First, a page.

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Lunch box and vacuum bottle owned by Harry S. Truman
A collection of lunch boxes for school students
Insulated thermal bag with ice packs

A lunch box[1][2][3] (alt. spelling lunchbox)[4][5][6] refers to a hand-held container used to transport food, usually to work or to school. It is commonly made of metal or plastic, is reasonably airtight and often has a handle for carrying.[7]

In the United States

In the United States a lunchbox may also be termed a lunch pail,[8] lunch bucket or lunch tin, either as single words or paired.

The concept of a food container has existed for a long time, but it was not until people began using tobacco tins to carry meals in the early 20th century, followed by the use of lithographed images on metal, that the containers became a staple of youth, and a marketable product. It has most often been used by schoolchildren to take packed lunches, or a snack, from home to school.[7] The most common modern form is a small case with a clasp and handle, often printed with a colorful image that can either be generic or based on children's television shows or films. Use of lithographed metal to produce lunch boxes in the 1950s, 1960s, 1970s and 1980s gave way in the 1990s to use of injection-molded plastic.

A lunch kit comprises the actual "box" and a matching vacuum bottle. However, popular culture has more often embraced the singular term lunch box, which is now most commonly used.

With increasing industrialization resulting in Americans working outside the home in factories, it became unfeasible to go home to lunch every day, thus it was necessary to have something to protect and transport a meal. Since the 19th century, American industrial workers have used sturdy containers to hold hardy lunches, consisting of foods such as hard-boiled eggs, vegetables, meat, coffee, and pie.[9] David Shayt, curator of the Smithsonian National Museum of American History, states that "Some of our earliest examples, from the 19th century, were woven baskets with handles. A meal would be wrapped in a handkerchief. Depending on your station, a fancy wooden box would be used by the wealthy." Tinplate boxes and recycled biscuit tins commonly were used in the early 1800s, and fitted metal pails and boxes began to appear around the 1850s.[10] Patents started to appear for lunchbox inventions in the 1860s.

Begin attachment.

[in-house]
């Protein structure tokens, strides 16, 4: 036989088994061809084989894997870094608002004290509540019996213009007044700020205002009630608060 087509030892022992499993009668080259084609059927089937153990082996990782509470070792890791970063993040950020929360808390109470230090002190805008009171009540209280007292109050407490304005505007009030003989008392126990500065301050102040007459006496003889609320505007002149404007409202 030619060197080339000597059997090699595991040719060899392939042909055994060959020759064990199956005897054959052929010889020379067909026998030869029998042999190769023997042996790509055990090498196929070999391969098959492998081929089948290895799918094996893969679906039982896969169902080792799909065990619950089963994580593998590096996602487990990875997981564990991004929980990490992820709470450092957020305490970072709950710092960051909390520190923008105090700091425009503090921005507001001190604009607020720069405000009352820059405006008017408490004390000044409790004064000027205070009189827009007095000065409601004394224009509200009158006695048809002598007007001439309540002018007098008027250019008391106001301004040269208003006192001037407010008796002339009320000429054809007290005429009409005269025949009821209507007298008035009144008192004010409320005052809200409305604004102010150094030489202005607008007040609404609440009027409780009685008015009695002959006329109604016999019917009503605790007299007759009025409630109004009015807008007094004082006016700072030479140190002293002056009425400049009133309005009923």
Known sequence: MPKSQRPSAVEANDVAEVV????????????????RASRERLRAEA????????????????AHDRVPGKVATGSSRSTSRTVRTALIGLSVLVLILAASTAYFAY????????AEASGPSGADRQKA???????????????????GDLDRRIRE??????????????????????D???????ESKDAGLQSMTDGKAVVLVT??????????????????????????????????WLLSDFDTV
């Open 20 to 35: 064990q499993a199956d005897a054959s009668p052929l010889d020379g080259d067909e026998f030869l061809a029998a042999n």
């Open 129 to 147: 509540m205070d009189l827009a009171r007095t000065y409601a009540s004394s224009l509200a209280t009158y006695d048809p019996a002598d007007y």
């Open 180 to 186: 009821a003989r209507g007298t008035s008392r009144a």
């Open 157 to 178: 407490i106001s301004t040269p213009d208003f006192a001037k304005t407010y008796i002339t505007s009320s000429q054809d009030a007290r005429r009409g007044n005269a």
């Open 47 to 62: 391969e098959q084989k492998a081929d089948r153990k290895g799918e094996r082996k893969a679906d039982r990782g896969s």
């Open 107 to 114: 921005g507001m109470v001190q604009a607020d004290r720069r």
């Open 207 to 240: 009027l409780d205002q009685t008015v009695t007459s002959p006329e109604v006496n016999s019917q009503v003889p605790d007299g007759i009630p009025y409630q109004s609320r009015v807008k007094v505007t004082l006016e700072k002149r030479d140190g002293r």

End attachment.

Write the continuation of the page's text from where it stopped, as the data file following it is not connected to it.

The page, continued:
Vacuum bottles, which enabled hot or cold beverages to remain at optimal temperature until lunchtime, became a common component of the lunch box. In 1920, The American Thermos Bottle Co. produced "the first metal lunch box for kids" to aid selling their vacuum bottles.[11]


The first lunch box decorated with a famous licensed character was introduced in 1935. Produced by Geuder, Paeschke & Frey, it featured Mickey Mouse, and was a four-color[11] lithographed oval tin, with a pull-out tray inside. It had no vacuum bottle, but did have a handle.

In 1950, Aladdin Industries created the first children's lunch box based on a television show, Hopalong Cassidy. The Hopalong Cassidy lunch kit, or "Hoppy", quickly became Aladdin's cash cow. Debuting in time for back-to-school 1950, it would go on to sell 600,000 units in its first year alone, each at US$2.39. In 1953, Roy Rogers and Dale Evans were featured on models introduced by American Thermos.[11]

Over 450 decorated models quickly followed, and more than 120 million metal lunch boxes were sold between 1950 and 1970, often accompanied by a Thermos, initially made of metal and glass, and later plastic.[citation needed]

Lunch boxes have been manufactured using various materials. Typically, children's school lunch boxes are made of plastic or vinyl, while adult workers' lunch boxes are commonly made of metal, such as tin or aluminium, due to the greater need for durability. The aluminium variant was invented in 1954 by Leo May, a miner in Sudbury, Ontario, after he accidentally crushed his tin lunch box.[12]

Manufacturers grew to include ADCO Liberty, Kruger Manufacturing Company, Landers, Frary and Clark (Universal), Okay Industries, and a number of other producers through the 1980s.

The first use of plastics was the lunch box handle, but later spread to the entire box, with the first molded plastic boxes produced during the 1960s. Vinyl lunch boxes debuted in 1959.

During the 1960s, the lunch box had few changes. The vacuum bottle included in them, however, steadily evolved during the course of the decade and into the 1970s. What was originally a steel vacuum bottle with glass liner, cork or rubber stopper, and bakelite cup became an all-plastic bottle, with insulated foam rather than vacuum. Aladdin produced glass liners into the 1970s, but they were soon replaced with plastic.

School safety